Thank you for your insightful comment! That, exactly, was one of the points I was trying to make. For me science fiction format is all about looking at humanity from strange angles to cast a different light on it- and, sadly, it is not always favorable.

That technological advances do not bring along spiritual growth - and, on the contrary, are bound to reduce it - is not a new idea at all, which doesn't make it any less true. One of my main inspirations for making up this set of stories was Jonathan Swift's "Gulliver's Travels". Particularly, the last part (with the sentient horses and evil human-like yahoos) emphasizes this same point.

Mon, March 28th, 2016 11:38pm

Joshua Kepfer

I can see this being a full novel. You should think about it.
Very interesting ideas in here. It's very difficult to bring Christianity to science fiction, but you did a pretty good job. The last sentence made me laugh.

Tue, March 29th, 2016 12:59am


Thank you for your kind comment!

I've been told several times that I should write novels instead of short stories, but I'm way too lazy...

Indeed it's difficult to write Christian sci-fi, but C.S. Lewis keeps inspiring me at all times. Well, he and the Bible, of course, which has a bit of sci-fi in it too ;)

Don't laugh at mollusks! They have accepted Redemption Plan while we have not! :-)

Mon, March 28th, 2016 11:31pm

Bitter Tea Leaves

What an amazing read! I was enthralled from beginning to end. I loved how not all the answers and details were given away at once, so that way it didn't make your passage repetitive and redundant. Instead, your words built on on the other, each detail helping me understand the story better, and answering any questions that I had before. Honestly, applying science fiction to God? Something like that is really hard to pull off, but you did it so flawlessly. I also really appreciated in the end the twist (or maybe it wasn't a twist? Maybe it was just me being slow on the uptake haha), about how the crew we were following wasn't human, but rather the planet that they visited used to be filled with humans (or at least that's what I inferred.) Overall, magnificent job! Short, but wildly effective

Tue, March 29th, 2016 5:14am


Thank you for your kind comment, much appreciated!

Applying science fiction to God is not a new concept - many great sci-fi works have religious overtones. I highly recommend "The Space Trilogy" by C.S. Lewis, which is an amazing example of Christian sci-fi.

I don't think you were slow figuring out the protagonists weren't human; I intentionally obfuscated anything pertaining to their non-human origin (especially in the beginning).

The planet they visited is, of course, our Earth! I thought I made it abundantly clear when I recounted the brief history of humanity from a Christian perspective (in the Historian's report). My other stories ("Scarlet Beast", "The Fallout", etc.) describe in detail what happened to humans around the beginning of 22nd century. It seems that quite a few readers didn't think the planet was Earth; I guess I wasn't clear enough after all...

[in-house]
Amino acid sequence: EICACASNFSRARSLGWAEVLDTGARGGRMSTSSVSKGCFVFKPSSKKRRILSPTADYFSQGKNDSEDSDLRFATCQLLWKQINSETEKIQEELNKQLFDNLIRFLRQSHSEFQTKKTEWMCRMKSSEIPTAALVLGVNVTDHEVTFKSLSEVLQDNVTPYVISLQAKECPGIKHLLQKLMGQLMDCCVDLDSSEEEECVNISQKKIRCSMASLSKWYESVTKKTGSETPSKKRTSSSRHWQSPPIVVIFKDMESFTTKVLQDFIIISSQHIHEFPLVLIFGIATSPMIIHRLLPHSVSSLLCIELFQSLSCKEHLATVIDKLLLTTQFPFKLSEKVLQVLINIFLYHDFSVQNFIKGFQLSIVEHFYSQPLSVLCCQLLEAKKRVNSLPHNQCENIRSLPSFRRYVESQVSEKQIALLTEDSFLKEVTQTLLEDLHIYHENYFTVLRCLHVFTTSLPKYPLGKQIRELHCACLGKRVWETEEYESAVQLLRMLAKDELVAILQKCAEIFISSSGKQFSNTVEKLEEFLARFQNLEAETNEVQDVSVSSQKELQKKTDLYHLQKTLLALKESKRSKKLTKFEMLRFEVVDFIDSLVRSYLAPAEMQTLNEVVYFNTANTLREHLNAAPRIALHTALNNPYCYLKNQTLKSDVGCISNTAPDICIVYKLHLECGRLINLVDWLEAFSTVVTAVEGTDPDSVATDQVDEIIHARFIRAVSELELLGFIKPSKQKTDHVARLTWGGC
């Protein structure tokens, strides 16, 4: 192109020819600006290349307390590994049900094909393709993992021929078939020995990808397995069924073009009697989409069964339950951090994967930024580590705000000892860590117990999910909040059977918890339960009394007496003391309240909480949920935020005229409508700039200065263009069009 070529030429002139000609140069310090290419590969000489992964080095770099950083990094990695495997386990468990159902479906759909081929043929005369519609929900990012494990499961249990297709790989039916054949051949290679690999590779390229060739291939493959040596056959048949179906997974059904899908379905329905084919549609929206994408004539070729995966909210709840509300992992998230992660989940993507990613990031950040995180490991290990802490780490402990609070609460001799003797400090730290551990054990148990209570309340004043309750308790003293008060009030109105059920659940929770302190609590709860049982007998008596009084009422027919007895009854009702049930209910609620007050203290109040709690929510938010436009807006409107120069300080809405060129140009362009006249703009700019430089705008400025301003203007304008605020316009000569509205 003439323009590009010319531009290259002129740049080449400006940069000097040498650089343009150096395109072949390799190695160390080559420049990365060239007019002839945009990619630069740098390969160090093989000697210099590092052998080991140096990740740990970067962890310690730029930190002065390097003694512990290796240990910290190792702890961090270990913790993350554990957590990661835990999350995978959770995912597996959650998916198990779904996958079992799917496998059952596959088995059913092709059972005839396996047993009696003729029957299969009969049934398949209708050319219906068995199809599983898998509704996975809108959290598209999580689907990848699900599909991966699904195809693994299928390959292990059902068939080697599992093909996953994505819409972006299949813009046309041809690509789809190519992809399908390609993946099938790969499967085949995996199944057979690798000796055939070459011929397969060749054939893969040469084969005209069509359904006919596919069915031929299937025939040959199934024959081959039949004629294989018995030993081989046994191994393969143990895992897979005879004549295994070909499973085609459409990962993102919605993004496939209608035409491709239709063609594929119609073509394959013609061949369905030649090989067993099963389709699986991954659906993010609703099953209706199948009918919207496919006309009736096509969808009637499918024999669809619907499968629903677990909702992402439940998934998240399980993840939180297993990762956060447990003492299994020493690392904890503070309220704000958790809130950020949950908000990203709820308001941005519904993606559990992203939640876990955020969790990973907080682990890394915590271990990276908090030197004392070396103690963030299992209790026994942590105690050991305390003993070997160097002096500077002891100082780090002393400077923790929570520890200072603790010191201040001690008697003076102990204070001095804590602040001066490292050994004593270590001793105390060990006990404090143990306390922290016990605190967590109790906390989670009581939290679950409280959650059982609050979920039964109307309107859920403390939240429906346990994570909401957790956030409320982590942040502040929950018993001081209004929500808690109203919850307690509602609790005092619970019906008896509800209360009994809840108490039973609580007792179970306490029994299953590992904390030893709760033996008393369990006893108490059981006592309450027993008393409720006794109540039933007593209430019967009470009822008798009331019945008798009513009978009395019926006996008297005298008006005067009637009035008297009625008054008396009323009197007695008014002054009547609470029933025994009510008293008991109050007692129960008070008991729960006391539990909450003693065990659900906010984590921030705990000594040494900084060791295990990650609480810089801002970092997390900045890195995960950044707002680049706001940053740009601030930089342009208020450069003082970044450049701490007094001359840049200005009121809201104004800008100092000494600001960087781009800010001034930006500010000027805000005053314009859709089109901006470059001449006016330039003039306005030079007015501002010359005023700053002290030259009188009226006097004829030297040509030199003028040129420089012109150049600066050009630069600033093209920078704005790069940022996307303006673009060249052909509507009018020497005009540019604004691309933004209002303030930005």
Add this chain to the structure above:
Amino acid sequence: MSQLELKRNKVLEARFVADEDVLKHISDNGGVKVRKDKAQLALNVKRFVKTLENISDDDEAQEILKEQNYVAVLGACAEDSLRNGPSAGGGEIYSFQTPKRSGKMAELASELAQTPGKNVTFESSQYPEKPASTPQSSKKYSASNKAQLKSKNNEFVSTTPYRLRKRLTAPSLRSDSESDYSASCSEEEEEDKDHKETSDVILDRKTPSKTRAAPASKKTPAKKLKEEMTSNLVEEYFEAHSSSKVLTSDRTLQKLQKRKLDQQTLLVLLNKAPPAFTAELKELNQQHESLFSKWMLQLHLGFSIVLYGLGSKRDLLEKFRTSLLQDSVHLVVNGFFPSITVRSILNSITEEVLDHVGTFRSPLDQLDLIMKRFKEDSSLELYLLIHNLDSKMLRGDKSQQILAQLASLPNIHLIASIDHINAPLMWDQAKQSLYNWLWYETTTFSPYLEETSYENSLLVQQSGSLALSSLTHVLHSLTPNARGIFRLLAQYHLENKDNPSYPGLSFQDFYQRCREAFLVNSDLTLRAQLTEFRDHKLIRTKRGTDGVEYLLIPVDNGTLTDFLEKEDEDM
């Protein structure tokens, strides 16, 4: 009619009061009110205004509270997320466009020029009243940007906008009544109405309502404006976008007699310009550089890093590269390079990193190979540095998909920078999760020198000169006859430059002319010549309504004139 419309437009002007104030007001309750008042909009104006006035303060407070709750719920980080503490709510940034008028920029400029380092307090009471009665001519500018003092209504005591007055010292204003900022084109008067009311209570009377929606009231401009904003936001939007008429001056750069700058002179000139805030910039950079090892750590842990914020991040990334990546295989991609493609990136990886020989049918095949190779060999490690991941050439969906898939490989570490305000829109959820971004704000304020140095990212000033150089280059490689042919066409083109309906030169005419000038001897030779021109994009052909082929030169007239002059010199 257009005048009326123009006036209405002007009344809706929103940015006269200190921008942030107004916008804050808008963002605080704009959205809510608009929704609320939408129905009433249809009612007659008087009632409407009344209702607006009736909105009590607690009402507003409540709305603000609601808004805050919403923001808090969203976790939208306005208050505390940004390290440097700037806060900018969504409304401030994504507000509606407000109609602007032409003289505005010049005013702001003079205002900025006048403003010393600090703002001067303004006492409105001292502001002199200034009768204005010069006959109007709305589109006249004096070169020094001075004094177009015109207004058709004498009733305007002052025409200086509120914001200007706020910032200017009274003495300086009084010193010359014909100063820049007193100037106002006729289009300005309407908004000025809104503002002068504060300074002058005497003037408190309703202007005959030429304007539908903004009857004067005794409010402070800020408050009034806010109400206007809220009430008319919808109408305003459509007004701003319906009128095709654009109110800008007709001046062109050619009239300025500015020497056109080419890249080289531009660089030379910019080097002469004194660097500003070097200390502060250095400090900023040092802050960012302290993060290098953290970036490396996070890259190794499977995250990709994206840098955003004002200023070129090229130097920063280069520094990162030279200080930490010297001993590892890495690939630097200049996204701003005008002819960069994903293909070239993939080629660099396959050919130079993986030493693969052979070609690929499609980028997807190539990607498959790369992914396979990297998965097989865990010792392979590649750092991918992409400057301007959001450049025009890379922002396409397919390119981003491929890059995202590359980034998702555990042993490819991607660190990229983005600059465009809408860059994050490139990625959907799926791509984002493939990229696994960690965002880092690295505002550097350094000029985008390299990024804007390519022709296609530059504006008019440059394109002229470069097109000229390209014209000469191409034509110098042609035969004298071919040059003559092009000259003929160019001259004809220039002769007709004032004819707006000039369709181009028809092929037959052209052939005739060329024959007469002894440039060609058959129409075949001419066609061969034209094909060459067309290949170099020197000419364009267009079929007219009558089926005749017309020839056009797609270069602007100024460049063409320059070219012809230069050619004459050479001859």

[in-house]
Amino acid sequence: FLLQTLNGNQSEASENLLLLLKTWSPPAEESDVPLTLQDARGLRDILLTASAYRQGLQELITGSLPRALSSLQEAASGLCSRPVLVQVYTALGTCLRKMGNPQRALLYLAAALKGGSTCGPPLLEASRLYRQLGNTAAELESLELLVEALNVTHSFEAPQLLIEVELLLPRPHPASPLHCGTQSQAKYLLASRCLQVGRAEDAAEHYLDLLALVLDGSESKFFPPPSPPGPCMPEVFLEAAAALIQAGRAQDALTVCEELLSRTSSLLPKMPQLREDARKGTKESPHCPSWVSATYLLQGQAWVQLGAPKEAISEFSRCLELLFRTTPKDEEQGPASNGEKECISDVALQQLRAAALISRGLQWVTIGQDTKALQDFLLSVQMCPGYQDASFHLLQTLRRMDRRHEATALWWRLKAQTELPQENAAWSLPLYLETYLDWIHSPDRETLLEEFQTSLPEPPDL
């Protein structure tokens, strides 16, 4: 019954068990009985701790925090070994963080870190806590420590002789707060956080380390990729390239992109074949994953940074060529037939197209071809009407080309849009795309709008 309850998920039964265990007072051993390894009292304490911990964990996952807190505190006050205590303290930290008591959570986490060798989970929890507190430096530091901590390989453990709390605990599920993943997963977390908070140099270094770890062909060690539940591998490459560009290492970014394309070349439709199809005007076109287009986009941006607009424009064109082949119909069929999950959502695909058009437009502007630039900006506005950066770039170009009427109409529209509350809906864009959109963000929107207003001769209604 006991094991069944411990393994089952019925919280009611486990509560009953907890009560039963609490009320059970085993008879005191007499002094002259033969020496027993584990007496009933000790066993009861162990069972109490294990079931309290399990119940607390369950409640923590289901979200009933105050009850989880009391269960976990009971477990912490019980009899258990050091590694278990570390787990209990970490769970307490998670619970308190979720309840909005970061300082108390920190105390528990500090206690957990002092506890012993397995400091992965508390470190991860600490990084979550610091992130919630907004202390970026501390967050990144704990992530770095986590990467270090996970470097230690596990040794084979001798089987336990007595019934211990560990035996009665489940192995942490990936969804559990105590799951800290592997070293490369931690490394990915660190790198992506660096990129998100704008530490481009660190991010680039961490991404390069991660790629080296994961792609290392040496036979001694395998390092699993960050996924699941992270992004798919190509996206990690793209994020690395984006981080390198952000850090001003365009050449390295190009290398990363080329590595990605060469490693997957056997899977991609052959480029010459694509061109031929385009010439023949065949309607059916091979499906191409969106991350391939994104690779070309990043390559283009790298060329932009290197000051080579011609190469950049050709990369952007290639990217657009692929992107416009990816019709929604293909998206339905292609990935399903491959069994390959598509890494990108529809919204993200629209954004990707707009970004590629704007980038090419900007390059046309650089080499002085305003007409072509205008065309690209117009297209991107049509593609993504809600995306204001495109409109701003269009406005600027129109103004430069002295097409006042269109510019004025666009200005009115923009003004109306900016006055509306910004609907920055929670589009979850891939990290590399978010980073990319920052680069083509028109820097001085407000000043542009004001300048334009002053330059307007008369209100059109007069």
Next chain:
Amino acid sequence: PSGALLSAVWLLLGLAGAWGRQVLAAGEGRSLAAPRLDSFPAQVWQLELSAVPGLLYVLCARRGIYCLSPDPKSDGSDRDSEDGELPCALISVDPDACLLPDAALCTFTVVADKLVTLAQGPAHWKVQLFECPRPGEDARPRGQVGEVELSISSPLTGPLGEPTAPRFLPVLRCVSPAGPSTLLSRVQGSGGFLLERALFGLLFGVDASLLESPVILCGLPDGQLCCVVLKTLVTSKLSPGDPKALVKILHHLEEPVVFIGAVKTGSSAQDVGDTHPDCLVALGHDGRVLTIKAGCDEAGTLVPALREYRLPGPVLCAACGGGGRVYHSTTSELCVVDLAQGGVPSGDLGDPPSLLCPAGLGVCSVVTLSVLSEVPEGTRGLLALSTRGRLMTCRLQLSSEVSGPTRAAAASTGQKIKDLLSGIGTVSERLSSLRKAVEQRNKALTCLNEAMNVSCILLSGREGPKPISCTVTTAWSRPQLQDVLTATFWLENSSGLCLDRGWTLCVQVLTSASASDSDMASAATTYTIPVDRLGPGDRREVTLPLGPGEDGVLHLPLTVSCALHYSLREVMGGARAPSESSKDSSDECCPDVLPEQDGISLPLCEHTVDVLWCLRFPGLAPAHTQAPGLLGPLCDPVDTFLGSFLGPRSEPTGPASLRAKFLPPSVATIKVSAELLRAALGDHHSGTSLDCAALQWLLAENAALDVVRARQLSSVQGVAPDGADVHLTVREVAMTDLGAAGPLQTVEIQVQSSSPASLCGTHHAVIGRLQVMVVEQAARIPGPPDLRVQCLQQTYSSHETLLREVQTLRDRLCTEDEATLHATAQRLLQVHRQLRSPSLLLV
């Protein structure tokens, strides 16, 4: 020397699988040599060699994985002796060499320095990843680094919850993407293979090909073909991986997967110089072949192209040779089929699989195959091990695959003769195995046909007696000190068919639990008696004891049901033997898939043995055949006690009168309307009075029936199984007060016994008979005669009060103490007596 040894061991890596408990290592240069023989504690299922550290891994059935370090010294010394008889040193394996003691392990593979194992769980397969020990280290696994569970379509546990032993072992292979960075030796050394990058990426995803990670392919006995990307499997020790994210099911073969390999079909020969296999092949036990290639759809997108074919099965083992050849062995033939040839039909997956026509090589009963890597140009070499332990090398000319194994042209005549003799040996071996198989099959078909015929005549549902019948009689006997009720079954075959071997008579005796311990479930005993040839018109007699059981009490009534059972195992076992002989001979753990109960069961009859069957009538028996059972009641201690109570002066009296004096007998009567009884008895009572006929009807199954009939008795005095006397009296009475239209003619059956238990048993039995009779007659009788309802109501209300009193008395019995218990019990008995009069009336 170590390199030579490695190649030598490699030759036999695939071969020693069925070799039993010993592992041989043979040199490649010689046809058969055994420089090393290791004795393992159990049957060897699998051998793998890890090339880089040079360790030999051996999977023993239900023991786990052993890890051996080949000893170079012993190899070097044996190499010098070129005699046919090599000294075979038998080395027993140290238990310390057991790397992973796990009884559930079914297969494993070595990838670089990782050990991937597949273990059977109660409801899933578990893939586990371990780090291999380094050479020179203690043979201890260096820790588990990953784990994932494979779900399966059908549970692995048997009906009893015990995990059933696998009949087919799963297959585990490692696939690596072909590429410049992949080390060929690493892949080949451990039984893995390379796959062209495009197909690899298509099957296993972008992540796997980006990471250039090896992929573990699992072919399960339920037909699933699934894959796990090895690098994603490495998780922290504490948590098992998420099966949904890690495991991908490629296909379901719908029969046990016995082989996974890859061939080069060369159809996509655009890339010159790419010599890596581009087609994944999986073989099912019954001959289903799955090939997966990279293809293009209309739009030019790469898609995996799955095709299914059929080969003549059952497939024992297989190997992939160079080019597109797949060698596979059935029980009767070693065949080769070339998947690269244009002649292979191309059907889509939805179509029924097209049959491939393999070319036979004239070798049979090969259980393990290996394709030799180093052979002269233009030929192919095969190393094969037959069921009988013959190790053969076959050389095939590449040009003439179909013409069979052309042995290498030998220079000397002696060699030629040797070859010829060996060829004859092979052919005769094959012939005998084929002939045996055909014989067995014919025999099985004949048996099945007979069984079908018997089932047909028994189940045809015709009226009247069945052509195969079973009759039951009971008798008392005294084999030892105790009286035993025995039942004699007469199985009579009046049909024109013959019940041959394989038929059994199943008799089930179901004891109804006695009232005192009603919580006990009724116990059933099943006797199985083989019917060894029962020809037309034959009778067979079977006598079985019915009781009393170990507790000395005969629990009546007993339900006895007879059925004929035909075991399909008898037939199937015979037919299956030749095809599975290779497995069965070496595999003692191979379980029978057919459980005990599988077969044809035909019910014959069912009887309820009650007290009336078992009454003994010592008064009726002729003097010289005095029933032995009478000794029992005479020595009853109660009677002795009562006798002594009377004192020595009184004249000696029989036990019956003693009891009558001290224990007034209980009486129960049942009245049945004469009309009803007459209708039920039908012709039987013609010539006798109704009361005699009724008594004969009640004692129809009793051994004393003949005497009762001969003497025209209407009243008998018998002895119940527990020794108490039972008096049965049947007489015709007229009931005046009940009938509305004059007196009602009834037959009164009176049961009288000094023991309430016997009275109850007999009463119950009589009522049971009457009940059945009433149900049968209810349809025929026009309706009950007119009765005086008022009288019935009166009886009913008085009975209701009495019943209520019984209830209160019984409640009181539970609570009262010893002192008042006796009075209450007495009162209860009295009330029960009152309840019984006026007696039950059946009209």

Mon, March 28th, 2016 11:27pm

D. Thurmond aka JEF

I seldom write reviews, but I will say this is well written. I enjoyed it, but found that more interaction of the captain and maybe more crew members would be a nice addition to their tedious mission.It does seem Trekkie at times, but that is a good thing to those that like that. Overall, it was a good read and I enjoyed it. --- Thanks...

Tue, March 29th, 2016 8:10pm


Thank you for your comment, JEF! I was actually thinking of adding more crew and characterization, but then the story got too long... I'm trying to keep it as concise as possible. The Star Trek-like atmosphere was needed to emphasize the familiarity of the reader with the crew - and, by extension, the revelation that the roles were inverted in this one...

Wed, March 30th, 2016 8:52pm


Thank you for your message to stop by and have a read of your latest work.

I enjoyed the vein of belief woven into the story, however I found it a bit, condensed and like other commenters have mentioned, perhaps would have been better conveyed if the story was stretched out a bit more.

The pacing of the story seems very rapid and quick for me, and took a couple times to re-read over portions, such as the layout of the solar system, in order to keep the mental image movie story in my head accurate to the words on the page.

There are some very profound concepts and messages conveyed in this work that I think would be better served at a tiny bit of a slower rate for folk to wrap their head around, but lol perhaps I'm just tired. :)

I did enjoy the twist of the captain and such being of a race other than human as throughout the work my mind had been struggling to place the point of view from a place other than a humanesque being; kept waiting for it to be revealed they had been part of that civilization, generations removed, described on the planets due to how they were speaking, interacting etc.